Deep sea drilling: The spirit of Mururoa?
Deep sea drilling: The spirit of Mururoa?
By Bronwen Beechey
January 27, 2014
In June 1973, the NZ Labour government sent two Navy frigates to the Pacific atoll of Mururoa to formally protest against France's testing of nuclear weapons in the atmosphere. The Spirit of Peace, the Fri and the Vega, also sailed to Mururoa to observe the tests. Photographs of French sailors boarding the Vega and assaulting its skipper were published around the word. In November of that year, France announced that it would conduct all further nuclear testing underground.
Forty years after that partial victory, the Vega sailed to an area 185km from Raglan to protest at deep sea oil drilling in NZ waters. The US oil giant Anadarko had been granted a permit for exploratory drilling in waters up to 1600 metres deep, with an untested drilling ship. The Vega was part of the Oil Free Seas flotilla, which was also protesting the “Anadarko amendment” rushed through parliament last May, which prohibits protesting at sea within 500 metres of an oil rig or drill ship illegal. While five of the six vessels of the Oil Free Seas flotilla stayed outside the 500-metre limit, the Vega remained on the drilling site for seven days. No action to move the Vega was taken.
In support of the flotilla, thousands gathered at West Coast beaches with banners expressing opposition to deep sea drilling. In a November poll run by the NZ Herald, a paper with a generally conservative readership, 2803 opposed deep sea drilling compared to 1305 in favour. In a TVNZ online poll conducted in response to the Oil Free Seas protest, 80% supported the flotilla’s actions. But in contrast with the protests at Mururoa, the Oil Free Seas flotilla did not have the support of the Labour Party. Leader David Cunliffe declared that Labour was “not opposed in principle” to offshore oil drilling.
The Oil Free Seas protest flotilla left the drilling area on November 26, at the same time as Greenpeace filed papers at the High Court requesting a judicial review of Anadarko’s permit to drill, on the grounds that the company had not released its Emergency Response Plan, or spill modelling showing the possible impact of an oil spill, to NZ’s Environmental Protection Authority. Anadarko only provided a summary version of its discharge management plan and contingency plans to the EPA.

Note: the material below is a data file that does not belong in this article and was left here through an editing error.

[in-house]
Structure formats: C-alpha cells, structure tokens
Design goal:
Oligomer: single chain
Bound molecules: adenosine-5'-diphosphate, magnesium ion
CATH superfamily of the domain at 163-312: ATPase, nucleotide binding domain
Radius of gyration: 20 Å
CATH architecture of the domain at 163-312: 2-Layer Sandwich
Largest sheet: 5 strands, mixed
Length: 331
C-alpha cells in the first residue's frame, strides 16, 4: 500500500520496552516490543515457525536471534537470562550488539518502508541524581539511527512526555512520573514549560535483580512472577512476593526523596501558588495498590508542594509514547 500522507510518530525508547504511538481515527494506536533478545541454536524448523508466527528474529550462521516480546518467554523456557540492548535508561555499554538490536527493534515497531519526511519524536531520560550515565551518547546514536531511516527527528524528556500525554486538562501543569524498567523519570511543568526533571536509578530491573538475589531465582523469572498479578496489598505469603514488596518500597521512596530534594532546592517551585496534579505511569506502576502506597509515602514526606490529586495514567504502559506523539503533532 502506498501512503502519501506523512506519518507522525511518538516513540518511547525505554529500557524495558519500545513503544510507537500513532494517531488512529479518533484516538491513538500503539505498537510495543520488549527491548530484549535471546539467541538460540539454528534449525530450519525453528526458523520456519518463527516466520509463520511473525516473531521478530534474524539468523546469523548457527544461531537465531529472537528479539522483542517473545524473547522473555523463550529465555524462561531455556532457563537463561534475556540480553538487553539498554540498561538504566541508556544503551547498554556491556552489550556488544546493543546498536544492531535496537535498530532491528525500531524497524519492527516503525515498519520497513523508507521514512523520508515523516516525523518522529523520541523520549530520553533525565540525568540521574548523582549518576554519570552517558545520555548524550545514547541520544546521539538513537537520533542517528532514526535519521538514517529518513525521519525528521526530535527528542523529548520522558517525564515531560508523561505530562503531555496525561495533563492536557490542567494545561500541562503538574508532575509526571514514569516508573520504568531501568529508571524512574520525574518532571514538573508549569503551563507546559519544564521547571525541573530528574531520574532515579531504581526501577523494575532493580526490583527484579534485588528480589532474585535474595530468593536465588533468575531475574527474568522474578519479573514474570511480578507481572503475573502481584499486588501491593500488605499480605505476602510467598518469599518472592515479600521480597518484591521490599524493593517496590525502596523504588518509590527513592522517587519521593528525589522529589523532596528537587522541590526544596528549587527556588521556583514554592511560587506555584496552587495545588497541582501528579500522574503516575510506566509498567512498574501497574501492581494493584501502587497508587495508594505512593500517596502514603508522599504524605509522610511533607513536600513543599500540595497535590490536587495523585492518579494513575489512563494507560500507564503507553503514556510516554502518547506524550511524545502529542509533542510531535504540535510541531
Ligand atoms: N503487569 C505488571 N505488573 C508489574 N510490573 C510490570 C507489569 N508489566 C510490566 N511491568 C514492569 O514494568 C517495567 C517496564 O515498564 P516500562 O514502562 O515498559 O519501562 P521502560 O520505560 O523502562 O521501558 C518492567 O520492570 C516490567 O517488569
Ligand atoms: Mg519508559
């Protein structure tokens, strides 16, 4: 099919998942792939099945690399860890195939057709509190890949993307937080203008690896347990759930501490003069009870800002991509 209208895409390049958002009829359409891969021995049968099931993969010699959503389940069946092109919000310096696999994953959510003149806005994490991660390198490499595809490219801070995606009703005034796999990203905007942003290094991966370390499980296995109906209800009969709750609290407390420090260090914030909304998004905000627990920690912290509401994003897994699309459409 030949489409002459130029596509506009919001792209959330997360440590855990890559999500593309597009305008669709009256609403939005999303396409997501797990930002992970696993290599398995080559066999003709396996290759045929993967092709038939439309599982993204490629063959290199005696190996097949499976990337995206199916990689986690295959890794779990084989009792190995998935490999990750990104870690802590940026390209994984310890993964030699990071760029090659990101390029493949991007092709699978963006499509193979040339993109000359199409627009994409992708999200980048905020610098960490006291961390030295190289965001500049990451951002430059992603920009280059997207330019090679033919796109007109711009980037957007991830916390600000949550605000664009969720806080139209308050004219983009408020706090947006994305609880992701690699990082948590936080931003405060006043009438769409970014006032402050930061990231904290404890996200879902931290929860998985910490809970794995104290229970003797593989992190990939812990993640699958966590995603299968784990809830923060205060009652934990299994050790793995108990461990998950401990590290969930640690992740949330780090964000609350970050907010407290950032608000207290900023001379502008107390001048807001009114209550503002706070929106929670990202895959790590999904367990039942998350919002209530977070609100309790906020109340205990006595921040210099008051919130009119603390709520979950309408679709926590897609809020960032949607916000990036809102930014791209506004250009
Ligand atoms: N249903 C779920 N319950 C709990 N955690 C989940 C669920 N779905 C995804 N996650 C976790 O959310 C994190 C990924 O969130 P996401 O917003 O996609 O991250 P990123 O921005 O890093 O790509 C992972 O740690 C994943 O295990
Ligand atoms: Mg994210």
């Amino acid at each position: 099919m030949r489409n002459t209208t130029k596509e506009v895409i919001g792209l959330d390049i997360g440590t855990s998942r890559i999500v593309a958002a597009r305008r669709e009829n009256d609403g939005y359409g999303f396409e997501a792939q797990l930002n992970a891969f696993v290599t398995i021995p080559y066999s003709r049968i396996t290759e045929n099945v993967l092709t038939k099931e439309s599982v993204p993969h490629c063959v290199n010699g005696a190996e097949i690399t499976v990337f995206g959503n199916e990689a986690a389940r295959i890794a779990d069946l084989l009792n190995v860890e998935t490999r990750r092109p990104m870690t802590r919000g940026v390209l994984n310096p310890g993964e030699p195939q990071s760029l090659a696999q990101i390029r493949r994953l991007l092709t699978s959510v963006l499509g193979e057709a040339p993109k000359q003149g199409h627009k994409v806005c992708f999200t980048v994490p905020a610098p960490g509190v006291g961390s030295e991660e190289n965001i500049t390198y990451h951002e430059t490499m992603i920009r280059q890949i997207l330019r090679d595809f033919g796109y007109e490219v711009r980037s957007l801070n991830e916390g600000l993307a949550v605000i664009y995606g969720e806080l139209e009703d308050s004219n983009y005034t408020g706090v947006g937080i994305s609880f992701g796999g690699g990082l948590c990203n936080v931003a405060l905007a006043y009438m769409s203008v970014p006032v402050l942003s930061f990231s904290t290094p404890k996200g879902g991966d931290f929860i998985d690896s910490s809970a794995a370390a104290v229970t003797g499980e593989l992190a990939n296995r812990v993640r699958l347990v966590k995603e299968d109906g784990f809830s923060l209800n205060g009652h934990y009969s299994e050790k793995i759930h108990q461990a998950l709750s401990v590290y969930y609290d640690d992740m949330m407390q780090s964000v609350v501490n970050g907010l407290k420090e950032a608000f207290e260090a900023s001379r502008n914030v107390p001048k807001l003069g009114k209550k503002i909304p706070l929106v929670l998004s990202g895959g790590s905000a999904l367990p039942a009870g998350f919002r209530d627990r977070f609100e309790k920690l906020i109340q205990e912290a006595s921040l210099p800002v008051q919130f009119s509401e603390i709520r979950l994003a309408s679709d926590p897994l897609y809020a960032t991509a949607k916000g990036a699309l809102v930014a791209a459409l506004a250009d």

The High Court challenge was dismissed on the basis that under the recent Exclusive Economic Zone and Continental Shelf Act, the Environmental Protection Authority is responsible for assessing the environmental impacts of drilling before issuing a marine consent. But the environmental assessment excludes consideration of detailed plans for responding to an oil spill - that responsibility rests with Maritime NZ. Justice Alan Mackenzie found the EPA had applied the new law correctly, as its role was "limited to assessing whether the application contains information about the required matters", and its decision was "essentially administrative".
Shortly before Christmas, 1800 pages of documents supporting Anadarko’s drilling applications were released under the Official Information Act in response to a request lodged in November by Greenpeace. Among them was Anadarko’s contingency plan in the event of an uncontrollable spill. In this “worst case scenario” where a blowout could not be contained and the drillship would have to be evacuated, it would take at least 35 days to cap the well, as equipment for a capping stack would have to be sourced from Peterhead, Scotland (a service centre for the North Sea oil fields), flown to Singapore for assembly, and then shipped to New Zealand. In the meantime, oil would be spilling into the Tasman Sea at the rate of 12,000 barrels a day. (In a spill model released by Greenpeace last year, the estimate was 10,000 barrels a day. That model was described by Prime Minister John Key as “scaremongering” and by Petroleum Exploration and Production Association CEO David Robinson as "science fiction".) The contingency plan was approved by Maritime NZ.